Tuesday, June 2, 2009

Copier Sales People Destroy Managed Print Services Opportunities: Daily

June, 2009 -

It will not matter how many "MPS Training Programs" start scrambling out of the darkness.

Hire all the "MPS Experts" in the world, it won't make a difference.

Get the hottest, newest, collection agent that can generate a highly professional appearing yet canned proposal.

Toshiba, Konica Minolta, Ricoh, Samsung, Xerox or Canon MPS training programs are doomed to fail and will result in nothing more than frustration and lost potential.

Why? Because Old dogs abhor change and Dogma flourishes.

I keep going back to this saying, "...at the beginning of the month, we all sell solutions, but in the last week of the month, we move a box..." - the copier dealer/manufacturer sales manager's mantra.

This past week, the last week of the month, I came face to face to face(3 times) with this old, worn out, schlocky, scheme - standing shoulder to shoulder with my clients.

All I could do was shake my head, apologize and supply my clients with "20 Deadly Questions" no copier sales person ever wants to answer - they walked into a sales buzz saw - one rep called for reinforcements from his manager, that was a mistake.

On occasion, I find it best to apologize to clients for wrongs done by others.  I was once told,

"..it may not be your fault, but it sure as heck is your responsibility..."

Think of how a captain is responsible, when his ship runs into an iceberg while he is asleep.

So it is not difficult for me to look my client, my partner, straight in the eye and say, "I am sorry this happened and I will make sure it never occurs again."

This week I needed to apologize twice - with two separate clients - over three unique instances.

Here's the twist, neither me or anyone on my team committed a fault - I was apologizing for the actions of my competitors.

"Have you ever met a copier salesman you liked?"

"What's the difference between a Software salesperson and a Copier salesperson? The copier guy knows he is lying to you."

"Swarmie", "slick", "arrogant", "schiester", "salesy", "pushy", "unprofessional" -

You have heard them all and more.

"Stereotypes". And what's the first rule of stereotypes? Stereotypes are based on fact.

First Client: One of my larger MPS engagements, a three year project. Our(by "our" I mean my client and me) goal in year one is to manage and control the fleet refresh, implement supply management, and save millions.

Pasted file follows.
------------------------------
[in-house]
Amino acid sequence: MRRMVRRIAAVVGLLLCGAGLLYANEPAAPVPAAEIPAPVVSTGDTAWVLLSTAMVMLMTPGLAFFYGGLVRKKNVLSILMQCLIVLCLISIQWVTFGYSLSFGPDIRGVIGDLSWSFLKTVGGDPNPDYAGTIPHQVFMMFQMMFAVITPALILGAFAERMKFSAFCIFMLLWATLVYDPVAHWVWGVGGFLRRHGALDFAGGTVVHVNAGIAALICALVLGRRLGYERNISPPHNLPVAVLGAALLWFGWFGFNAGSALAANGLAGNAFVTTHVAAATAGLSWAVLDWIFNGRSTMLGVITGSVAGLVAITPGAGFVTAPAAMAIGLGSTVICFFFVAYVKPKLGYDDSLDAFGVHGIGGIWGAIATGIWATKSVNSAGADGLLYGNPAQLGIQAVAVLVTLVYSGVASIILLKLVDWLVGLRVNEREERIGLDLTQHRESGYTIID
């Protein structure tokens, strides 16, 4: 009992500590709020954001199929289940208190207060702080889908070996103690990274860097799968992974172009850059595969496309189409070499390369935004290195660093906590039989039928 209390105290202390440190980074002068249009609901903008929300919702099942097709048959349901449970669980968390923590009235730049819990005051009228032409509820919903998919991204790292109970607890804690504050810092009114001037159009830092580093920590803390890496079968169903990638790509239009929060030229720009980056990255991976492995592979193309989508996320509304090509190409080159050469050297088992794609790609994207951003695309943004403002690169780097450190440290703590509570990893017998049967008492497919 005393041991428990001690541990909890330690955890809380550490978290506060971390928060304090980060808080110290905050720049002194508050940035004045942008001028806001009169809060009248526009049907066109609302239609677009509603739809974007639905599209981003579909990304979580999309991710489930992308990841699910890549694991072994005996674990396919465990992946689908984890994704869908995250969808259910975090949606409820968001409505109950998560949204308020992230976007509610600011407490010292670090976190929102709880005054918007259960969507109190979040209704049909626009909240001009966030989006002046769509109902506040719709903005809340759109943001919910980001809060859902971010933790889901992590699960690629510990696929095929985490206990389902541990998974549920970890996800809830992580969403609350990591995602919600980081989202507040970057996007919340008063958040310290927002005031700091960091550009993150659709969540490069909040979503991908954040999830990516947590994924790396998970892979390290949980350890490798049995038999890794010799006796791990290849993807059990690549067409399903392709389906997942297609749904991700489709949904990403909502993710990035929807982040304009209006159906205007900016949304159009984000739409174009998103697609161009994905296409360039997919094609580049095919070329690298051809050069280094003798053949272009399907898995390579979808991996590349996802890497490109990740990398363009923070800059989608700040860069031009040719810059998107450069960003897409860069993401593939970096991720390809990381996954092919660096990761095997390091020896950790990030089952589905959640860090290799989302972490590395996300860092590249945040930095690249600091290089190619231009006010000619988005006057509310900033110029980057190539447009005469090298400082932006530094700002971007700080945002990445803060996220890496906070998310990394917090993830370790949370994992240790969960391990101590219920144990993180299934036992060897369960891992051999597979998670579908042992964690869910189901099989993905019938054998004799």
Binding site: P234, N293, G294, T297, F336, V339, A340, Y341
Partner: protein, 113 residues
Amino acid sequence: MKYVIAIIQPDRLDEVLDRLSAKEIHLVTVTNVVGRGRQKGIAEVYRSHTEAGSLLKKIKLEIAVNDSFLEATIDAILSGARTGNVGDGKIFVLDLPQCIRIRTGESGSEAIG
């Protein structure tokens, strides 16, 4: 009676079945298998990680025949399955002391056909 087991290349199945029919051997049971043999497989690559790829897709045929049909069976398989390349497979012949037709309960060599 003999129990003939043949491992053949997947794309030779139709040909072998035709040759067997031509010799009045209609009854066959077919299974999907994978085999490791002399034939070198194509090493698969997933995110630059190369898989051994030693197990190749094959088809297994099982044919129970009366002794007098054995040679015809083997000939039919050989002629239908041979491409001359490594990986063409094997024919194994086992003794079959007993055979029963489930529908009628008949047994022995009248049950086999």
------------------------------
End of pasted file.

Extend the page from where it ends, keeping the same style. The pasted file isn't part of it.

Our implementation includes continuous, about 3/week, and detailed site surveys and interviews in order to match requirements to a preset list of hardware selections. Simple enough.

Because my list of supported devices is purposely narrow, over the next three years, an occasion will arise where the departmental requirements do not fit my current product line- my client may need a machine that I do not sell.

Interesting conundrum, wouldn't you say? What to do...what to do...? If you go to the true definition of MPS, you already know.

Well, as luck would have it, the opportunity came up, and I needed to make "copier" recommendations. I felt comfortable suggesting brand "C", again, a line I do not carry.

So I specified three optional units, talked with friends in the industry and obtained pricing, my client also made contact with a local sales rep that had been "bird-dogging" this account for years.

They figured it was a good idea to "throw a bone" at the local - I agreed.

What resulted was a classic, end of the month, sales onslaught - worthy of all the "bad rep"we confront every day.

I could only shake my head, laugh and deal with the Delayed Stress that was triggered by brushing up against my past.

The Sales Manager

For whatever reason, the local sales rep felt it necessary to bring in his manager. Ah yes, the infamous "closer".

A summary of this cluster:

Verbal pricing that didn't match the written quote.
The written proposal was a price and data sheet, only.
Non-existent SLA's. Literally, the service agreement is empty; no min, no overage, no response time - nothing. Just a per click charge.

Perceived short-comings are blamed on competitors - non-compliance with HP WJA was blamed on HP, not brand "C's" unwillingness to write plug-ins.

The Close - "Always Be An Idiot"

"...all I need is your initials, here on my proposal, and I can have your new machine delivered by Friday.(end of month) No need to issue us a P.O. - your word and a handshake are good enough for us..."

LOL! This is an actual, real, quote.

Bravo Sierra.

Sure, the sales manager doesn't need a P.O. - he doesn't WANT a P.O. because a P.O. would have T's and C's on it. Generating a P.O. requires some sort of oversight and review - he doesn't want that, he's got a number to hit by month's end.

Listening vs hearing? His concerns over those of the prospects? "Box" over "solution"? And this was the MANAGER.

What "genius" didn't know, because he never asked, is that this particular client had been run over for a decade by brand "X" having Department level users "... initial a quote..." to initiate an order.

Machines had been showing up, at any time, without review for years. No oversight, no review, no compliance or network standards.

The List of 22.

I put together a list of 22 questions for my client to pose to this "crack team of sales people" - a "buzz saw".

No "trick" questions, and not meant to "slam" the competitor, simply points of clarification. Clarification for my client's sake, not brand "C".

The really unfortunate issue, these folks will get the deal.